Prominence of cell-mediated immunity effectors in "pauci-immune" glomerulonephritis. (6/2477)

The majority of patients with rapidly progressive crescentic glomerulonephritis show histologic features of extensive necrosis and focal and segmental proliferation with fibrin production, but little or absent Ig deposition in the glomerulus. This subcategory of the disease, labeled "pauci-immune" glomerulonephritis, has recently been shown to be associated with the presence of antineutrophil cytoplasmic antibody in the patient's circulation (but not within the glomerulus). The absence of the effectors of humoral immunity at the site of renal injury led to this investigation of the contribution of cell-mediated immunity to the glomerular injury in this form of glomerulonephritis. In 15 patients presenting acutely with pauci-immune glomerulonephritis, CD3-positive T cells (3.7+/-2.5 [mean +/- SD] cells per glomerular cross section, [c/gcs]), CD45RO-positive T cells (2.7+/-1.9 c/cgs), macrophages (7.3+/-6.1 c/gcs), fibrin (3+), and endothelial-associated tissue factor were demonstrated to be prominent in glomeruli. These mediators were absent in a group of 12 patients with thin basement membrane disease and only occasionally observed in a group of eight patients with "humorally mediated"(noncrescentic) glomerulonephritis. Thus, in pauci-immune glomerulonephritis, there is the development of significant cell-mediated immunity with activated T cells, macrophages, tissue factor, and fibrin at the site of glomerular injury, suggesting that this glomerular disease is most likely a manifestation of T cell-directed cognate immune injury.  (+info)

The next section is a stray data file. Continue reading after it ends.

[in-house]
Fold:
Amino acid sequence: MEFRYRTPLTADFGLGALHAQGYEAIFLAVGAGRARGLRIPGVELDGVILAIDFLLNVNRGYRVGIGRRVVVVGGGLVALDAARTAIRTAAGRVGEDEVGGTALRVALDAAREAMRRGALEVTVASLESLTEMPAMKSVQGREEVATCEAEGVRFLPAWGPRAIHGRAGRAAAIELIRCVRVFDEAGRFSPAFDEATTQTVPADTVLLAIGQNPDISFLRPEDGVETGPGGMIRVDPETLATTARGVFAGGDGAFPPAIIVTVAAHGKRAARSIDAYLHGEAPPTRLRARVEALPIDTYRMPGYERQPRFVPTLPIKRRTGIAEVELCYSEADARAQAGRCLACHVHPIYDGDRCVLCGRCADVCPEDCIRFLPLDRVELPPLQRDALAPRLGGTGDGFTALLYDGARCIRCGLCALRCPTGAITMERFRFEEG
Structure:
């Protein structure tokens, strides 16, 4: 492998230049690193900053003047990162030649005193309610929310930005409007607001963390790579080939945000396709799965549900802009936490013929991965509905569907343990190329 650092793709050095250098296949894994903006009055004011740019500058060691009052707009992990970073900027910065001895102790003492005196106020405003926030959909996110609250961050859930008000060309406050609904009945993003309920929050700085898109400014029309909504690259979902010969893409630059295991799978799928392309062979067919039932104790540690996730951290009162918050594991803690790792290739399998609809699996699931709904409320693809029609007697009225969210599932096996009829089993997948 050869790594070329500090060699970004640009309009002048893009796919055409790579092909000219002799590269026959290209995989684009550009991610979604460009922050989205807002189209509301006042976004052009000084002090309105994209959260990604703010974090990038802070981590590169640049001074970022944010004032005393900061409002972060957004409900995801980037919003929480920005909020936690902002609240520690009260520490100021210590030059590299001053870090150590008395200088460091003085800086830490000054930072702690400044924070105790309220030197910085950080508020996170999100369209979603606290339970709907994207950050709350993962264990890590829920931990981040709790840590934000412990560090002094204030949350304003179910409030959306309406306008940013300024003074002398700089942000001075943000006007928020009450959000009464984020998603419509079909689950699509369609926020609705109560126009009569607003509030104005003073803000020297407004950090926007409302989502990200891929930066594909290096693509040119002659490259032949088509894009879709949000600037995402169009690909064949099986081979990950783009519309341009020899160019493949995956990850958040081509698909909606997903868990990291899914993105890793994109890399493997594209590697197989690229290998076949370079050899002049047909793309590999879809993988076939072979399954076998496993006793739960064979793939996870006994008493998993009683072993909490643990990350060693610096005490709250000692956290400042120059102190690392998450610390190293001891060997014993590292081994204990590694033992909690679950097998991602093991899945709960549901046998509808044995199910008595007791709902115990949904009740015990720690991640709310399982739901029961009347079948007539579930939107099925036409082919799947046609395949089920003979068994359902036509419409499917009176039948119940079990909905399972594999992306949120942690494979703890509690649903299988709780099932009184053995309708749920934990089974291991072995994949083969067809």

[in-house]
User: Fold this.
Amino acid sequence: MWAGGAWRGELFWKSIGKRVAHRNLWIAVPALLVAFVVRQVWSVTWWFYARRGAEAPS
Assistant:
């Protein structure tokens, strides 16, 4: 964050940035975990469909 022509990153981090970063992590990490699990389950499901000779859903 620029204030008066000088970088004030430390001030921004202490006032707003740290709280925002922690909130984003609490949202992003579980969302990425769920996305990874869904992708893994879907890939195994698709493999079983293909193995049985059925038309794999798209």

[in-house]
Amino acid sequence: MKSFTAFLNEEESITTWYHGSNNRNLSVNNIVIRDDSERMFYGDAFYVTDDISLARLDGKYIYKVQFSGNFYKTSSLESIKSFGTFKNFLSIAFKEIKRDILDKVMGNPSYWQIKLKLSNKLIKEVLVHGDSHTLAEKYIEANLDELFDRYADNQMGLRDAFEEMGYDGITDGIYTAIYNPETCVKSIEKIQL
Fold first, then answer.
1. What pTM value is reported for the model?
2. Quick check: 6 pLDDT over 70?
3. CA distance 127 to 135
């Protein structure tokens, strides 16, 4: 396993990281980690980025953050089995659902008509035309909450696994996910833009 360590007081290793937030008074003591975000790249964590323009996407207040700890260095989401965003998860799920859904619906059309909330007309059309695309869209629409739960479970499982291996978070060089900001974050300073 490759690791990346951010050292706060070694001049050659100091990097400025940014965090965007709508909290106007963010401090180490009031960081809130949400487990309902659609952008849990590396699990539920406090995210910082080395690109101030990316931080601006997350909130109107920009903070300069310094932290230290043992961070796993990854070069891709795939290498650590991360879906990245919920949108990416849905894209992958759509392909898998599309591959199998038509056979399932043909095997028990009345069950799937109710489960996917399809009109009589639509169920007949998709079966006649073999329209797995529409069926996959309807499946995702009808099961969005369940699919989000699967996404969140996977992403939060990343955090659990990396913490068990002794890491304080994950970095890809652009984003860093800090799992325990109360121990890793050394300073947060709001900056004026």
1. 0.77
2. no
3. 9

Role of xanthine oxidase in passive Heymann nephritis in rats. (7/2477)